One of the things which comes of learning a new thing is that one sees patterns where prior one saw nothing, or even chaos. Sometimes this can be facile (e.g. the bar scene in Good Will Hunting, where the protagonist takes the college student’s grasp of historical economics apart) All of us tend to be a bit like that when we are studying a new thing. We are playing with it in our heads, trying to see what it, “means”. When we are young (say in college) we tend to see patterns which aren’t really there.
One of the things I like about my work is that I get to spend a lot of time talking about how knives work. I tend to draw pictures for people who are really interested in getting the right knives, and esp. those who are interested in maintaining them. My bosses have never minded. It’s not a sales dense way to do things, but it is a sales deep one.
I’ve been spinning. I’ve been reading on spinning (and if you have any interest in the subject, even theoretical [say you were writing a book] I commend Alden Amos, “Big Book of Handspinning” It has the best footnotes. Seriously, the best. They are, in their way, worthy of comparison to Paarfi), and I’ve been spinning. The latter is more important to the story.
Yarn (which is what a spinner makes, be it ever so fine, nor ever so thick), comes in three types. Worsted, woolen and everything else. Worsted is the smoothest, and it’s the most durable. Woolen is the weakest, and it’s much less smooth.
In between is all the rest, which some lump as, “semi-worsted”. True worsted, is hard to spin. It requires keeping all the fibers completely parallel until they are twisted, no twist gets into the yarn without the spinner letting it. The fingers of the lead hand pinch the twisted yarn, and slide back to let twist into the untwisted fibers.
Woolen lets the twist in and controls it with a lighter hand; backing the untwisted fibers away from the imminent tangled mess that would happen if no “drafting” were done.
In between those is everything else. Often lumped as, “semi-worsted”. I think some are more toward woolen, but what do I know? Woolen is faster, looser, warmer, and uses less fiber per unit of yarn. Some fibers don’t like to be worsted (alpaca, for one), getting hard, and wiry. How the fibers are prepared will make a difference to how easy it is to spin one way, or the other (worsted prep, woolen spun is brutal. I was bitching and complaining and in a black funk, because I was trying to spin a fiber that’s only so-so at woolen, in the best of times, after it had been prepped for worsted. Now that I’ve got the basic hang of woolen I’ll take the parts I reconditioned to spinning woolen and see how it does).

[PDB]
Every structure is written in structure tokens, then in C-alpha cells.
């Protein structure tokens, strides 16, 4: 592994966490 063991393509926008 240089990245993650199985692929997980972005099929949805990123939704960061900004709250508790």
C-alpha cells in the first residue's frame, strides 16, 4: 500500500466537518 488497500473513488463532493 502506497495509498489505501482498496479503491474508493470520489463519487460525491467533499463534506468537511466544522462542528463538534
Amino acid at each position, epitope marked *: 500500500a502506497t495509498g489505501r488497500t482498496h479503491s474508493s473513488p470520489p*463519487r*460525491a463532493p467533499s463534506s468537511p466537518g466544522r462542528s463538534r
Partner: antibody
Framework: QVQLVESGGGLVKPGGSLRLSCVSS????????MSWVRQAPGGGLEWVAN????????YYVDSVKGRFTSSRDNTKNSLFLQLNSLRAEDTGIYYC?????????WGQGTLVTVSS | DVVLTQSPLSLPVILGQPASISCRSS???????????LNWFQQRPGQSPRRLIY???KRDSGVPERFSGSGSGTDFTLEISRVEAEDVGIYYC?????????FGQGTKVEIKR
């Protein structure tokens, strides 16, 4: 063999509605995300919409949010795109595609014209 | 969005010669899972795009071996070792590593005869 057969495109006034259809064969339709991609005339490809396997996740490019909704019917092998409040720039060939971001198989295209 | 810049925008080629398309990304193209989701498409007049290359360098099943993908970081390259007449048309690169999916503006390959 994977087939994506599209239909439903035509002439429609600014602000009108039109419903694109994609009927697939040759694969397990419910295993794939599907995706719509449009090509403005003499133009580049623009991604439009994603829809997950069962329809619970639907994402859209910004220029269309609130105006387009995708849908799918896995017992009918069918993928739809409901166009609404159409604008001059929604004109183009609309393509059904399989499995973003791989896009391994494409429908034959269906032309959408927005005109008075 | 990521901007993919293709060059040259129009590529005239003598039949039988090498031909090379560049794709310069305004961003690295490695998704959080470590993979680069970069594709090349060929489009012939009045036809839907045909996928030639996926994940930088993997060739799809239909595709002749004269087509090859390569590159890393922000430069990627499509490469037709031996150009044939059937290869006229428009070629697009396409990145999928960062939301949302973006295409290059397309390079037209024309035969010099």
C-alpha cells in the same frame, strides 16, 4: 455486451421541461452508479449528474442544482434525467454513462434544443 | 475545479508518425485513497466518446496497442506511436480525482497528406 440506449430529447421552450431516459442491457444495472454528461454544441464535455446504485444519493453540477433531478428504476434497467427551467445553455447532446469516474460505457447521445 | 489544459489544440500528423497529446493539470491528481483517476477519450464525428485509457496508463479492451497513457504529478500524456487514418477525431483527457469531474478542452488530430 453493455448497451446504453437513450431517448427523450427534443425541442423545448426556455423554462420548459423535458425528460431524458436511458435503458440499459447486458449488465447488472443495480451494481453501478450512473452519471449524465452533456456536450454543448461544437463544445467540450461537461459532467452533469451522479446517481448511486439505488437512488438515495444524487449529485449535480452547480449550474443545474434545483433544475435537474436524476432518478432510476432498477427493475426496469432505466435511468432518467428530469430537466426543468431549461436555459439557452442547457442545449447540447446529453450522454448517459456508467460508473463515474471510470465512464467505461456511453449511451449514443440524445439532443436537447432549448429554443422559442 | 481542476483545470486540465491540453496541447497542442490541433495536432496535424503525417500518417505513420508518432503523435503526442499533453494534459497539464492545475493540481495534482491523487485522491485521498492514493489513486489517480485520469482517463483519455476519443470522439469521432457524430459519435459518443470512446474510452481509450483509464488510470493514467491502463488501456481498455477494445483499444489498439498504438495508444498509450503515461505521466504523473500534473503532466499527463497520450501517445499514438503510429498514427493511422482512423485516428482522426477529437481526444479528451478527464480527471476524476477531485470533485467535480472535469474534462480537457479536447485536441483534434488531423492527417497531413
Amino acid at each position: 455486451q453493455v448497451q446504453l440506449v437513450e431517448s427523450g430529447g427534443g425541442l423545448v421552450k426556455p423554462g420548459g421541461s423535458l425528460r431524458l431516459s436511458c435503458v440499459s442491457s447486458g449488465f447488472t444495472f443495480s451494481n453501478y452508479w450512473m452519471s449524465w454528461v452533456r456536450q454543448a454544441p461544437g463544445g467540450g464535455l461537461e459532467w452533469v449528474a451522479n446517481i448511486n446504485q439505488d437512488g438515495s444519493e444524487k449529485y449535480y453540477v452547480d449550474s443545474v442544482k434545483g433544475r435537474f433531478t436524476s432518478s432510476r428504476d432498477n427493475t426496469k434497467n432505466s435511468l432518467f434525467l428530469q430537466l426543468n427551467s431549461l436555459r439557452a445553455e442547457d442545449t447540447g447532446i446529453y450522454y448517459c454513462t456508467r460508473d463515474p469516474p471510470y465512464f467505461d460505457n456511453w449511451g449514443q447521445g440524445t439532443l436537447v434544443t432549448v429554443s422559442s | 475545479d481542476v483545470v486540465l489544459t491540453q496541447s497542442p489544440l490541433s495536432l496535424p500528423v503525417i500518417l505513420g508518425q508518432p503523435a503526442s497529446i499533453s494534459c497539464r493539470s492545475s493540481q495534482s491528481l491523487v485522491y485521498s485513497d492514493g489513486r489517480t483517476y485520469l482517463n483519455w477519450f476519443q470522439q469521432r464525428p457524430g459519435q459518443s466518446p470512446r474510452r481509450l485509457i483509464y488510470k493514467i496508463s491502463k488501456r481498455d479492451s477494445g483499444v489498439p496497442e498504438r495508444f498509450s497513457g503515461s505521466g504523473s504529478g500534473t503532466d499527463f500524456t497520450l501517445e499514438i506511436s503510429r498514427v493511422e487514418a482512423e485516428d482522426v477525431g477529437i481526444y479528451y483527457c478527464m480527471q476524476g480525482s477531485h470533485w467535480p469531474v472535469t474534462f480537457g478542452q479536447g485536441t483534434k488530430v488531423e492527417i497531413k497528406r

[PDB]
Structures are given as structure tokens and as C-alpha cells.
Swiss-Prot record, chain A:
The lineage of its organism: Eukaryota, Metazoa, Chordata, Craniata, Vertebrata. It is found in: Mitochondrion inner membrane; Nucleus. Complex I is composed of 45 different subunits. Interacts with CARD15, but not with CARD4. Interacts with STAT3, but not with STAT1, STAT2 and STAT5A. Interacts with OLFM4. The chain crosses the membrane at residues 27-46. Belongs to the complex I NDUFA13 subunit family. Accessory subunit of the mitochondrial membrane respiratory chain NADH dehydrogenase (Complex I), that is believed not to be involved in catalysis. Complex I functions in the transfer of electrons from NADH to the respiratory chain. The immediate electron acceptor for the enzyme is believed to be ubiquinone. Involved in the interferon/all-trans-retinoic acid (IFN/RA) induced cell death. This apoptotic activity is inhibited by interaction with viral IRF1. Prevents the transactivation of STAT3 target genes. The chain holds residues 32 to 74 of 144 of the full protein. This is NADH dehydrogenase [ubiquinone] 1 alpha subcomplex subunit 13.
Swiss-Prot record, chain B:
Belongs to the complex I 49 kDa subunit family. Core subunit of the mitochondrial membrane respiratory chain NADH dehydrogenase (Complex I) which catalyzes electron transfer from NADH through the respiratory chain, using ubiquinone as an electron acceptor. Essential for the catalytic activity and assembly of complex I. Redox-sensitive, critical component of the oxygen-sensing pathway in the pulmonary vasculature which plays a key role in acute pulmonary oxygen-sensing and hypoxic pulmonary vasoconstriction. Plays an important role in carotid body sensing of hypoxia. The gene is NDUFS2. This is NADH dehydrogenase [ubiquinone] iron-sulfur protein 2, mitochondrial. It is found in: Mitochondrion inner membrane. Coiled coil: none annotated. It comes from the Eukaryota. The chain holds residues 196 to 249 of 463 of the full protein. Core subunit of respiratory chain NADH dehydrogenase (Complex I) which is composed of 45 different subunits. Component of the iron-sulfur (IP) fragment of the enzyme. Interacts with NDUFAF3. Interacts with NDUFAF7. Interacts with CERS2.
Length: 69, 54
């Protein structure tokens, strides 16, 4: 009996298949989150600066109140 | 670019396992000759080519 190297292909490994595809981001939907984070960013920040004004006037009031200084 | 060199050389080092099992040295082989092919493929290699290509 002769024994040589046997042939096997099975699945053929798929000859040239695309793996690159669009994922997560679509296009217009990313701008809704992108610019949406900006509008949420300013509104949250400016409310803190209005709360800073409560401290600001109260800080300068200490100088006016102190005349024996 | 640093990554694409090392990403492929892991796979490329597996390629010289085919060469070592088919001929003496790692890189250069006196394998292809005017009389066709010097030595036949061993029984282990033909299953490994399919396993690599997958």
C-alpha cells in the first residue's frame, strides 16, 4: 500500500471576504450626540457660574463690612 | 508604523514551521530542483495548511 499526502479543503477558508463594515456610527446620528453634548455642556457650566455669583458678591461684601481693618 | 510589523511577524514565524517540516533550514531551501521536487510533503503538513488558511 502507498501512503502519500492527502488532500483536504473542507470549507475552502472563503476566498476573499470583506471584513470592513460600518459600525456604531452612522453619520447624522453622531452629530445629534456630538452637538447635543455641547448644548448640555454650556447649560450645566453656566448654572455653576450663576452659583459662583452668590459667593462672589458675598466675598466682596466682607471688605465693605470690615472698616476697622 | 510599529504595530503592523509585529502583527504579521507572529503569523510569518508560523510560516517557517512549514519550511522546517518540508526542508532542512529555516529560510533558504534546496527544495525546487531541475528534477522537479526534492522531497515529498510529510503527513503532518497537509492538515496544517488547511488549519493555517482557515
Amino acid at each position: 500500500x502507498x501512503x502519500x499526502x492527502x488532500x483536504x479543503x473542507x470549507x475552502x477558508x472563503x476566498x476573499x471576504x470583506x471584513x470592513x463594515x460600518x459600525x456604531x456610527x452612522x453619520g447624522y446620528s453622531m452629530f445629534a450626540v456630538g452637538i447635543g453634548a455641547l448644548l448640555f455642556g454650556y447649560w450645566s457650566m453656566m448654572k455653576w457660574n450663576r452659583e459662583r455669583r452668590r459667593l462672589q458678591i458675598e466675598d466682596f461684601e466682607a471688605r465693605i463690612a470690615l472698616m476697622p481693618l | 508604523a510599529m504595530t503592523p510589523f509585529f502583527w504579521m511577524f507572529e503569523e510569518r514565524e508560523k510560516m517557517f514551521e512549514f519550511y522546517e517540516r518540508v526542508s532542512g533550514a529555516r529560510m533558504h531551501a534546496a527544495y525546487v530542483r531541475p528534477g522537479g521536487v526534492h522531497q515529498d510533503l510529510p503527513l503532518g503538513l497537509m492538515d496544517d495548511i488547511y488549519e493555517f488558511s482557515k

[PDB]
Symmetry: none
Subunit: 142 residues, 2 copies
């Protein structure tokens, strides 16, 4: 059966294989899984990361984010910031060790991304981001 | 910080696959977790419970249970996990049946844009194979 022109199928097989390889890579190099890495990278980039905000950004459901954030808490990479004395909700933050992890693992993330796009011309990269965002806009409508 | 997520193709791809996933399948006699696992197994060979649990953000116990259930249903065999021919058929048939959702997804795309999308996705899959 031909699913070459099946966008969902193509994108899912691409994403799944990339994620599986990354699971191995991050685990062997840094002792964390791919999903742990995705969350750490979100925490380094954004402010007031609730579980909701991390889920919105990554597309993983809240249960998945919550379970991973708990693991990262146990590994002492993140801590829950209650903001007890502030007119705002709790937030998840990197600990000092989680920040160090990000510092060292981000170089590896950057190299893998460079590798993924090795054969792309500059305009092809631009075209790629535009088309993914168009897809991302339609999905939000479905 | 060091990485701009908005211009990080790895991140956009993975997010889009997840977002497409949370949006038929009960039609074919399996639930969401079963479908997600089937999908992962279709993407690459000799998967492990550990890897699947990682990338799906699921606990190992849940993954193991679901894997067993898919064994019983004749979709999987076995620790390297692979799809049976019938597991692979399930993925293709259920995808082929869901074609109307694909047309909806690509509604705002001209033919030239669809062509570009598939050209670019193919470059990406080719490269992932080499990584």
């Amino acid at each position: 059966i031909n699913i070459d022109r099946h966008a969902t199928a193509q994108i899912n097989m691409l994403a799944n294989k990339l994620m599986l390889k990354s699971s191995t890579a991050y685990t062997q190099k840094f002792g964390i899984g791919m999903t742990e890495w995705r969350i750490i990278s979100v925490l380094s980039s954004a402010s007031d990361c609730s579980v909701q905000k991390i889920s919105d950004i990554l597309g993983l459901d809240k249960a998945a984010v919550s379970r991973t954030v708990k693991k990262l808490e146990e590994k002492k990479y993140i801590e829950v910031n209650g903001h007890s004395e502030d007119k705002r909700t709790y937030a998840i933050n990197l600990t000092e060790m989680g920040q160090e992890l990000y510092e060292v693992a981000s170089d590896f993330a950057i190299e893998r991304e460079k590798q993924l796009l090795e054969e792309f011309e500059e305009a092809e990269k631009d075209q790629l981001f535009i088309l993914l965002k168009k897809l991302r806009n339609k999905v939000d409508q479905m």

So my spinning is getting better. And my eye for fabric is different now too. I’ll wager that, if you’ve never spun, esp. if you’ve also never crocheted, or knitted, the difference between the two types of yarn is still a bit fuzzy. It was to me, and I spun. But spinning on a drop-spindle doesn’t make (at least to me) the difference between the three styles all that plain either. I can spin some pretty fine yarns; stuff those who didn’t know might term thread (and no, I don’t know what the technical difference is, just that there is one), but it’s all been “semi-worsted. Spinning true worsted on a spindle is hard, because moving the twist into the “drafting zone” without letting it escape is hard, and I can’t do it. Spinning true woolen is hard because the fibers don’t lock as completely as the spindle slows, and if one is letting lots of twist past the leading hand; the spindle drops… to the floor (my hook is a but out of true from that happening while I was waiting on the train tonight. Yes, I spin on the subway).
When I look at a coat, or a scarf, now, I am trying to see how the weft was spun (warp is almost always worsted, or one of the harder semi-worsted. Woolen falls apart from all the abrasive pressures on the warp). Tweeds, which are “hard finish” cloths get their structure from the warp being woolen, and locking together across the warp. I saw a scarf yesterday, which had been made from a handspun yard (I think, it was certainly an, “art yarn” with thicker and thinner areas). I look at cloth differently, and with a more attentive, and understanding eye.